Your teenager’s going to be living at the college he chooses for (at least) four years.
He’s really got to feel comfortable and happy at this place.
While the academic side of things is so important, don’t discount the social aspect of college life – it’s just as essential to consider this for a student to thrive in school.
Let’s talk about three main things to take into consideration when it comes to the social environment that’s best for your teen:
The size of a campus and the number of students who attend greatly influences a college’s ambiance and the experience your teen will have.
Smaller campuses feel like a small town, where your teen will consistently see people he knows – like a tight community. The options for activities on campus to participate in may be few, but there’s a strong sense of connection between those involved due to the smaller size.
Larger campuses with a large student body are more city-like. There are many more students, and most people your teen will pass on campus won’t be familiar. Larger colleges offer more sports programs and student activities to get involved in, and tend to have more housing opportunities, as well.
Depending on your teen’s personality, he’ll likely find comfort in one option over the other, so it’s an important consideration in choosing the right college fit.
Most colleges will require that first-year students live on campus to help build a sense of community and encourage them to do well academically.
Dorms (or residence halls) are the most popular option for students. They’re really conveniently close to campus amenities and classes. Living in the same building as other students will allow your teen to socialize a bunch with his roommate and other residents.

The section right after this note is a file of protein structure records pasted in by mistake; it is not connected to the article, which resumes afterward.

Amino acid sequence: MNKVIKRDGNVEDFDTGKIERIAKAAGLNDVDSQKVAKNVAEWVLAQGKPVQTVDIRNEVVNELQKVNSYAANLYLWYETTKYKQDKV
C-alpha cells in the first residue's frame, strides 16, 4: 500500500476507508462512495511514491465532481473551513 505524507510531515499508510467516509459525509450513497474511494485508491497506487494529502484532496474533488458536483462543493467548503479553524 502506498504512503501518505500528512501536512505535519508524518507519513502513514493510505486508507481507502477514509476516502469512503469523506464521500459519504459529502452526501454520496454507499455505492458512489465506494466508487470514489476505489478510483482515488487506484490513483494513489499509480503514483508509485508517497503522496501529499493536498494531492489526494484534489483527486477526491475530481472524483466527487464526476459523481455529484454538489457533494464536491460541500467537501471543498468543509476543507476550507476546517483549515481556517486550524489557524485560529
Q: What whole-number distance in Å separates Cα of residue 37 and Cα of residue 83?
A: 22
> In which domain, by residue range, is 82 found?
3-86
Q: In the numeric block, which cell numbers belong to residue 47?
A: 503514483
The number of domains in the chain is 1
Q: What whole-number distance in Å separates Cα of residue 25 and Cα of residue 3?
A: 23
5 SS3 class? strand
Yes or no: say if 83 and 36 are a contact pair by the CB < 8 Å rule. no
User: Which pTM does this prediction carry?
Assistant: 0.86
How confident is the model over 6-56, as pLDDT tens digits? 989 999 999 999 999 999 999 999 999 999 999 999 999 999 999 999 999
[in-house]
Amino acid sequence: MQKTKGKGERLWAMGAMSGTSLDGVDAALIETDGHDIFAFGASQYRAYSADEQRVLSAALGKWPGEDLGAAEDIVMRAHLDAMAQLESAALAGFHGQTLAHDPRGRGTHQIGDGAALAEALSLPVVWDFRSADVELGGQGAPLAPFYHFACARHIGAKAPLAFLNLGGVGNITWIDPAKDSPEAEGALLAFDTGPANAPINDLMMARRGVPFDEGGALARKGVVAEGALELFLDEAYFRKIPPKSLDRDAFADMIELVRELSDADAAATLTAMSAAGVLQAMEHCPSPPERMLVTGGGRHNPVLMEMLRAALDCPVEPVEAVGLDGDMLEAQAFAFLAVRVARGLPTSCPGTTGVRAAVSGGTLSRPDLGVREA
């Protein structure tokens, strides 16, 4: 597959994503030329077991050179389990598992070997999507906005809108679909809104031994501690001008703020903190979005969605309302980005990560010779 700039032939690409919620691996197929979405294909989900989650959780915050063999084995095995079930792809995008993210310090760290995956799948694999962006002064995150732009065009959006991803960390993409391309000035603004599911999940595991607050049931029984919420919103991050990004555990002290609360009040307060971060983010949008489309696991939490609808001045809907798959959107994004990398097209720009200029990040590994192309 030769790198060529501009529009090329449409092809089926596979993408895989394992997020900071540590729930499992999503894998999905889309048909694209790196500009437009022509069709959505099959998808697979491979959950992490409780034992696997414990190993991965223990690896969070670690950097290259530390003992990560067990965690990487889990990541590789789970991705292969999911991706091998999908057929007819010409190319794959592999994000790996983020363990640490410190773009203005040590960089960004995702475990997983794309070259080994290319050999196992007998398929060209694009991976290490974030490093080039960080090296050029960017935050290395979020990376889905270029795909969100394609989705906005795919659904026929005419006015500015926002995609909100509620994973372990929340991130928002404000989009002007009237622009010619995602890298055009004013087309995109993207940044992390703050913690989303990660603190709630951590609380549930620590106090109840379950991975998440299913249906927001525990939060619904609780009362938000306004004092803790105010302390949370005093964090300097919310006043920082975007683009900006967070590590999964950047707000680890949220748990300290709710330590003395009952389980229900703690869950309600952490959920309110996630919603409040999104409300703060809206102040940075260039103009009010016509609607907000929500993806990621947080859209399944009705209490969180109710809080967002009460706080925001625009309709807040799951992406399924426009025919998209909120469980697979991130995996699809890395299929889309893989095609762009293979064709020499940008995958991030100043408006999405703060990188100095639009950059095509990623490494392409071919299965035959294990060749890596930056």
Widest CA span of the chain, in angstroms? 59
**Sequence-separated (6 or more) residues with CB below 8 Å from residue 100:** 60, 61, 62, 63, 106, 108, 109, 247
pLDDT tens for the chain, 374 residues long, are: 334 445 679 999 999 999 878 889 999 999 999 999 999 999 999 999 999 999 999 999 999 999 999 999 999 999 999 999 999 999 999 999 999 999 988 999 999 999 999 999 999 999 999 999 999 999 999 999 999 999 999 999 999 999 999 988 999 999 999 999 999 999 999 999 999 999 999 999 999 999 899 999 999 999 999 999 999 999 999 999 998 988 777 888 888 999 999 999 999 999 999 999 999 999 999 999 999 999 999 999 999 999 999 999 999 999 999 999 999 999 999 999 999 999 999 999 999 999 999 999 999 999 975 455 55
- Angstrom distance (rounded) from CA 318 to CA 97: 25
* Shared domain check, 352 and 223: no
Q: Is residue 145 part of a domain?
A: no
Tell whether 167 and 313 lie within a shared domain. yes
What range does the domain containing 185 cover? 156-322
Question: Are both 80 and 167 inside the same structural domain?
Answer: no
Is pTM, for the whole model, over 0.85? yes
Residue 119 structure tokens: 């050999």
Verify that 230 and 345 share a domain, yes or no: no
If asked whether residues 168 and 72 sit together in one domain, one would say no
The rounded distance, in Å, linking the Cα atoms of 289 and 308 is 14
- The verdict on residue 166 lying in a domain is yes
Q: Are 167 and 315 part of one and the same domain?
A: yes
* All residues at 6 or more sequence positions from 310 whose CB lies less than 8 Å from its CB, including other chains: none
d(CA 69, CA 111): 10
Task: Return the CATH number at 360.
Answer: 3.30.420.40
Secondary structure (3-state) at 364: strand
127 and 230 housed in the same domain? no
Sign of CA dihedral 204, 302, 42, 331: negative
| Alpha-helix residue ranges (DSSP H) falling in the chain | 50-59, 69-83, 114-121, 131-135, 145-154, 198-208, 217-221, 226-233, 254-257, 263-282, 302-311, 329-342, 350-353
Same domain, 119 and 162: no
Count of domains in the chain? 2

Make sure you’re teen knows, too, that living in a dorm will be an adjustment from home – loud and sometimes crowded hallways don’t make sleep and studying easy sometimes. And while roommates are typically matched based on similar profiles, there’s the potential for a roommates to be incompatible.
University housing may be an alternative to living in dorms, depending on the school. They are often multi-bedroom apartments and are more spacious and quiet.
Sorority and fraternity houses are another great option for living on campus. They lend themselves to more space but still maintain a sense of community for students with their fellow sisters or brothers.
Another option, of course, is living at home if the school is in the local area. This comes with an extra commute to campus, but sometimes nothing beats having your own room. Not to mention less in living expenses.
No matter the type of housing, they’re not all created equal at different colleges, so it’ll be important for your teen to do research into each college’s options to be sure it’s right for him.
A major social part of the college environment lies in the activities that your teen chooses to participate in outside of classes.
If your teenager is heavily engaged in an activity like dance, language clubs, rock climbing, athletics…ANYTHING outside of high school classes right now, it would likely be wise to research colleges that have the same types of opportunities.
And even if your teen isn’t sure about what types of activities may be intriguing in college, have him take a look at what colleges offer. There are college extracurriculars for virtually every interest your teen can imagine, or may have never imagined even existed.
Download The College Fit Toolkit workbook for your teen. It’ll take him through questions to help uncover personal preferences prior to diving into the college search.
We’ve been talking about finding the best college match for a few weeks now, so don’t miss these posts:
1| What Parents Need to Know about Finding the Perfect College Match
2| Finding the Best College Match – Mindset
3| Finding the Best College Match – Location
4| Finding the Best College Match – Academics
Let’s continue the conversation! Leave a comment below.